BRYAN, Tex. (KBTX)- On Wednesday morning, seventy-five Blinn College engineering students constructed remote-controlled robots attached with cameras. The students were separated into fifteen teams as they tried to master an obstacle course set up like a disaster zone.
"We are acting like there has been a chemical spill, and the place is not safe for humans. The students are constructing their robots, collecting data inside the room, and bringing their data and robots back to safety," says Jeremy Coffelt, engineering professor at Blinn.
Coffelt says the competition is similar to a real-life scenario where robots are used in areas of disaster, not safe for people.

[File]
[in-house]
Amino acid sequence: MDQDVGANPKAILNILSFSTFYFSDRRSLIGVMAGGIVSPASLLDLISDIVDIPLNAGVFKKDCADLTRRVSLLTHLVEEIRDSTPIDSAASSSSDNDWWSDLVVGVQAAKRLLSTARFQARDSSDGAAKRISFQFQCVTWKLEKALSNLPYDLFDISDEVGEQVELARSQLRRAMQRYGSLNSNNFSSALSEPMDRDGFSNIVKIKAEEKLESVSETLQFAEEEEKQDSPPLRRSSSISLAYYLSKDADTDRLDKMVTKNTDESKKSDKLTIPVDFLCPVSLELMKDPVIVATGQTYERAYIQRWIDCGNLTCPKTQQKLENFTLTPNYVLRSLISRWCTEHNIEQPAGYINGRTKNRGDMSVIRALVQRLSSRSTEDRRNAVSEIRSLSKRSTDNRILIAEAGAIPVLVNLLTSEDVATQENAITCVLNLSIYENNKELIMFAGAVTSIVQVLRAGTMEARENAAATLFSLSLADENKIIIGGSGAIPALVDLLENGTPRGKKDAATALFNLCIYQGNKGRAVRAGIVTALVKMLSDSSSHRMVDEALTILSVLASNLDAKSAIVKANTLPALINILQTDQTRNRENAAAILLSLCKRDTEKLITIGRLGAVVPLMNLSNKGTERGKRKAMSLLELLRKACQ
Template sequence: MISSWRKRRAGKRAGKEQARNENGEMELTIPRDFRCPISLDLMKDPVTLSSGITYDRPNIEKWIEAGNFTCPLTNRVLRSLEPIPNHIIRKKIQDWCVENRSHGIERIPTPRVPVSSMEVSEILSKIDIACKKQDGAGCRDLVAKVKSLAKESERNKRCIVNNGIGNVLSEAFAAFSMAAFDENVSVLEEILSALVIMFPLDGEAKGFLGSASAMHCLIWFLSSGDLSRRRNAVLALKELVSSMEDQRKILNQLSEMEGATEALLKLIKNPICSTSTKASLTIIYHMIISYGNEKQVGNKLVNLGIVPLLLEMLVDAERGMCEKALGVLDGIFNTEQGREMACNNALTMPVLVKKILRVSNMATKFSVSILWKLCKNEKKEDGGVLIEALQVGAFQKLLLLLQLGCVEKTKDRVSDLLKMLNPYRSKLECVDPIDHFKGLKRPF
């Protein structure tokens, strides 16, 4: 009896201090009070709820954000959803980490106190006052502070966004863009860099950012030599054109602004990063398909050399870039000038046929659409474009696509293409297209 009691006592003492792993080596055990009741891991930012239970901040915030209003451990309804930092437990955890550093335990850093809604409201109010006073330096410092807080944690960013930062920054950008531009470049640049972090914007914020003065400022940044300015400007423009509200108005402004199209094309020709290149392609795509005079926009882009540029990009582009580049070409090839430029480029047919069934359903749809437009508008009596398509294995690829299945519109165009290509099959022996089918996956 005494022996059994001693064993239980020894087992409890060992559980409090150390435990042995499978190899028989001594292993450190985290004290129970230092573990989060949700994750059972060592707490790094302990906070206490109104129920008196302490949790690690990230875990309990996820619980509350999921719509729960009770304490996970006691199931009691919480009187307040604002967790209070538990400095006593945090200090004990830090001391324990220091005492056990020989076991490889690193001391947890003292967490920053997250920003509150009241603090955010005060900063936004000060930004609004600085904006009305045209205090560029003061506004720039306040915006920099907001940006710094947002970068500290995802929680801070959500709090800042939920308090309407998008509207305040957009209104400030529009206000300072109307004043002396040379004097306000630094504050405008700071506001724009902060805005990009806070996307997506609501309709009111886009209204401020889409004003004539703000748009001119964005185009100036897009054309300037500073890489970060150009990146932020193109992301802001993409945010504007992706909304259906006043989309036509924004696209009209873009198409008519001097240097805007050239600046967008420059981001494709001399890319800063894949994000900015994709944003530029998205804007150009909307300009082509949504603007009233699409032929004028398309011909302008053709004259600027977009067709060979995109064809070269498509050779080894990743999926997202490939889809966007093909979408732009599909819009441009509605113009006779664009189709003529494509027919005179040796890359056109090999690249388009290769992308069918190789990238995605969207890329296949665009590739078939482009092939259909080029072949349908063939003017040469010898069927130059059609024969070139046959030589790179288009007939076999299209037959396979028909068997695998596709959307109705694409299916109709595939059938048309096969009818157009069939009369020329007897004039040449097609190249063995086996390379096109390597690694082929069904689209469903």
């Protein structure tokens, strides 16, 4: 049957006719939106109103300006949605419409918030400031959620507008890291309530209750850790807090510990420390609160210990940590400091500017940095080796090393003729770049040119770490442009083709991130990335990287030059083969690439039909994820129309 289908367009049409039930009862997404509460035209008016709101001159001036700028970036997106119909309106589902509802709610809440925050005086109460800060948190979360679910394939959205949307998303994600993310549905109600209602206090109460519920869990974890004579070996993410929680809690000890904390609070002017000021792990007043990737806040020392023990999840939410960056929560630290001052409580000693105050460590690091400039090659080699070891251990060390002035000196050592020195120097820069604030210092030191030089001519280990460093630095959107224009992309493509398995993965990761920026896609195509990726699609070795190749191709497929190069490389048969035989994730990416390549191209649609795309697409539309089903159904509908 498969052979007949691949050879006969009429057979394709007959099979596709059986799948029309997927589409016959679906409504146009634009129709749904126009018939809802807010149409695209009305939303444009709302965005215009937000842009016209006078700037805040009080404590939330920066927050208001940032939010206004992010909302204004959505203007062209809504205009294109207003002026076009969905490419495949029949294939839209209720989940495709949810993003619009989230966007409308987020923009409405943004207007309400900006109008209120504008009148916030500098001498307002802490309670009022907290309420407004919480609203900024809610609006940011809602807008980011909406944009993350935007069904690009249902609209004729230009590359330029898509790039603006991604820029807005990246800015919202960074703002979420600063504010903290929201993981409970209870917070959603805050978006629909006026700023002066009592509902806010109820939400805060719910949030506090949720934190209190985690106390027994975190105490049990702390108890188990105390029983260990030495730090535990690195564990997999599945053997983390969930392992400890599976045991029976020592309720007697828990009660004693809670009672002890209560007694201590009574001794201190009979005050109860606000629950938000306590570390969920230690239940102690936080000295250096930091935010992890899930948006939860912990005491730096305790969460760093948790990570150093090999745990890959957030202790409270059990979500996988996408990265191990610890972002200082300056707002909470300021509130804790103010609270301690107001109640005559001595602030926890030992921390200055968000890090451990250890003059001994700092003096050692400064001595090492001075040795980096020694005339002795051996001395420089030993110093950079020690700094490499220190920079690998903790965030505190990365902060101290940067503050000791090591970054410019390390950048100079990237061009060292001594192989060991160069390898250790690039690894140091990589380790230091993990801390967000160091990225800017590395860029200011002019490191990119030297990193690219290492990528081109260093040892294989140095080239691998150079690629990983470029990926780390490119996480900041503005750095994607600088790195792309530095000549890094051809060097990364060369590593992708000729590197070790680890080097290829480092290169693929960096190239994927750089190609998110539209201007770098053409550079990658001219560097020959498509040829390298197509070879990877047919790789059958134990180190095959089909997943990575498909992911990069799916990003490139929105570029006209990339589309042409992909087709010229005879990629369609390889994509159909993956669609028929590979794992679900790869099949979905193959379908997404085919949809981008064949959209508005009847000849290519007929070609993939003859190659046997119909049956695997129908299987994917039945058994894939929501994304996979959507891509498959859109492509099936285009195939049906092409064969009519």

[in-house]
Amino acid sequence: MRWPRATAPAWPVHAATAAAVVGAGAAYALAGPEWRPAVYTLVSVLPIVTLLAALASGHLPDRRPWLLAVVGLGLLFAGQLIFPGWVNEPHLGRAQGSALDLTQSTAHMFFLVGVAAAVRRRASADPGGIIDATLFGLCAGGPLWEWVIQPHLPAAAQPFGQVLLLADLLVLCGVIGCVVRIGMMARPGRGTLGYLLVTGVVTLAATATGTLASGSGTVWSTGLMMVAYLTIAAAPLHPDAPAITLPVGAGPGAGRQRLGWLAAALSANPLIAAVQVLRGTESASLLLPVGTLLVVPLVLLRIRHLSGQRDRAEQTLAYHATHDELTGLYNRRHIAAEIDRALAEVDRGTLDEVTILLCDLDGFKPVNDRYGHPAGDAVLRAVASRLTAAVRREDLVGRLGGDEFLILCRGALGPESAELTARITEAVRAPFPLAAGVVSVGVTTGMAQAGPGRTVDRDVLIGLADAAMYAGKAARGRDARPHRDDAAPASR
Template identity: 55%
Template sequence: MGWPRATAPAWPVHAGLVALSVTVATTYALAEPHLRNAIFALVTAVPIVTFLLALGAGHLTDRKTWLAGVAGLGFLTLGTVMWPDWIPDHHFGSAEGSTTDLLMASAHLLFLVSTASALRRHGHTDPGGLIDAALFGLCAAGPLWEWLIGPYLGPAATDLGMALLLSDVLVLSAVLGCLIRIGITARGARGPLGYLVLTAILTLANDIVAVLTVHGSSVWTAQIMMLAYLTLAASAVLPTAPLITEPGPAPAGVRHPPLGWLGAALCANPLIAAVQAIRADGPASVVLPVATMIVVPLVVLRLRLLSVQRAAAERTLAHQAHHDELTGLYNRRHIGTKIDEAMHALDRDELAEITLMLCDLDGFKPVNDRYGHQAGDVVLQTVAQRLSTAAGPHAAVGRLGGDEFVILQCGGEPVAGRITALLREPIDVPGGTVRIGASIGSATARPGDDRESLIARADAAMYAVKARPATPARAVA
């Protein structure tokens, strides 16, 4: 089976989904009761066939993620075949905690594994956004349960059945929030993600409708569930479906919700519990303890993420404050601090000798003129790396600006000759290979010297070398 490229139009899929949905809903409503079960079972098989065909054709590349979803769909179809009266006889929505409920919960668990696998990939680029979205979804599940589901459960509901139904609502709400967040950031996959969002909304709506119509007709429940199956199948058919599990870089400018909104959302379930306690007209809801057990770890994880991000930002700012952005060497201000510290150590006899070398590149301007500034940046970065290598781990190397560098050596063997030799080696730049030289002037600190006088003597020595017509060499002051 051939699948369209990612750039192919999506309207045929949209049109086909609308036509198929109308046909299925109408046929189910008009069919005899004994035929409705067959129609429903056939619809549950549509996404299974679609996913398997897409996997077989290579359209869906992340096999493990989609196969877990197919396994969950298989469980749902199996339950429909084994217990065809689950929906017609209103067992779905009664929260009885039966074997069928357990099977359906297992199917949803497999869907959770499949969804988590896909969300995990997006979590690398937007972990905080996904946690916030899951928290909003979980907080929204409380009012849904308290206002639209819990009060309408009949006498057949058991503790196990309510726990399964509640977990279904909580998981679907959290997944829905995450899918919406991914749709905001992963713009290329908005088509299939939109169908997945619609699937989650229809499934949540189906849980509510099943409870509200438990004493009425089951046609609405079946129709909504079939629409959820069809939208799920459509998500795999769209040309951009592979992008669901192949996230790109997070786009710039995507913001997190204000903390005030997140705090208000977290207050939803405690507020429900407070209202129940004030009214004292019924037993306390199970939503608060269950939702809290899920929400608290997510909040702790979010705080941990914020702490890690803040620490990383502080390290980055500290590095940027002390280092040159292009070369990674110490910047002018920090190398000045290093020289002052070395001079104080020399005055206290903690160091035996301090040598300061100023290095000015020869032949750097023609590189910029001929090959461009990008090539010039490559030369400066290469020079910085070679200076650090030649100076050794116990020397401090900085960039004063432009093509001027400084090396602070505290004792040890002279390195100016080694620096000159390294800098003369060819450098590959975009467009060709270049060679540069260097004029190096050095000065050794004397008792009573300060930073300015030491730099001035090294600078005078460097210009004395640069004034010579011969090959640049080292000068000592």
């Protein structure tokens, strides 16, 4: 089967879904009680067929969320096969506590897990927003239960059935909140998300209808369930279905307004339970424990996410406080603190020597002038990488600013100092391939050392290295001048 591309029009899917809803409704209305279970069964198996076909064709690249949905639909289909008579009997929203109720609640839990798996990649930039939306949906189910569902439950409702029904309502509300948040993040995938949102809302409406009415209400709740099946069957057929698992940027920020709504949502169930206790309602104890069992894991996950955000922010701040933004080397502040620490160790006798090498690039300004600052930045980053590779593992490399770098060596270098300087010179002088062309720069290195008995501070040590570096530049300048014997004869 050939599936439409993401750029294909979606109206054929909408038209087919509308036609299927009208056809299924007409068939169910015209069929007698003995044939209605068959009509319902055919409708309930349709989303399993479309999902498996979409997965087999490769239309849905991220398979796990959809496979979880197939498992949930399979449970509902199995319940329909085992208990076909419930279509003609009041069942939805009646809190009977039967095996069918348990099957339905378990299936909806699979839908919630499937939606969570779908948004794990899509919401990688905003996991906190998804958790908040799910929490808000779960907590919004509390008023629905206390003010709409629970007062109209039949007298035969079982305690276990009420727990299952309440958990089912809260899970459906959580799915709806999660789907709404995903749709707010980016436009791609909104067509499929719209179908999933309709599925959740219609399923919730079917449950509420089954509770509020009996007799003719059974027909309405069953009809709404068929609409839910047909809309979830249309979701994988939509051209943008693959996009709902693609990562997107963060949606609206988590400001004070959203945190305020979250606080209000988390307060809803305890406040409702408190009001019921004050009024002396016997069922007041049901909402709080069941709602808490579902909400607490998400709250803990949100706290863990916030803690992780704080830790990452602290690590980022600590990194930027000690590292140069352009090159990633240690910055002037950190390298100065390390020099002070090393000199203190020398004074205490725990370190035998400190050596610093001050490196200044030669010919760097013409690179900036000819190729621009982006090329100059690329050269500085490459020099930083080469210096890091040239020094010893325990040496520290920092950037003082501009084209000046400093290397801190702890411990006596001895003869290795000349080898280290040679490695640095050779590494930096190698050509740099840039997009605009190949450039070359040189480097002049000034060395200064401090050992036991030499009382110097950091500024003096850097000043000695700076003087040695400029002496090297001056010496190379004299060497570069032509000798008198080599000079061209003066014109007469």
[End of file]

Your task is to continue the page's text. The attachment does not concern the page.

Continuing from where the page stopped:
"They are collecting all sorts of data and sending it to the 'cloud' just like people do in real disasters," says Coffelt.
The students were asked to make their robot accomplish three tasks in a timely manner.
"Once they've isolated the problem, they return their robots back to safety and then who ever is collecting this information and can then make an informed decision to try to deal with the problem," said
Building the robots, collecting temperature data, and performing live video feeds, are just a few examples of the advanced technical that the students worked on throughout the morning and throughout the semester.
"I am very proud of these students--they have done everything correctly and continue to amaze me, especially since, at this level of difficulty, it takes a lot of knowledge and quick thinking to figure out the problems, and then go and fix them," said Coffelt.
The project was part of the student's grade for their engineering course.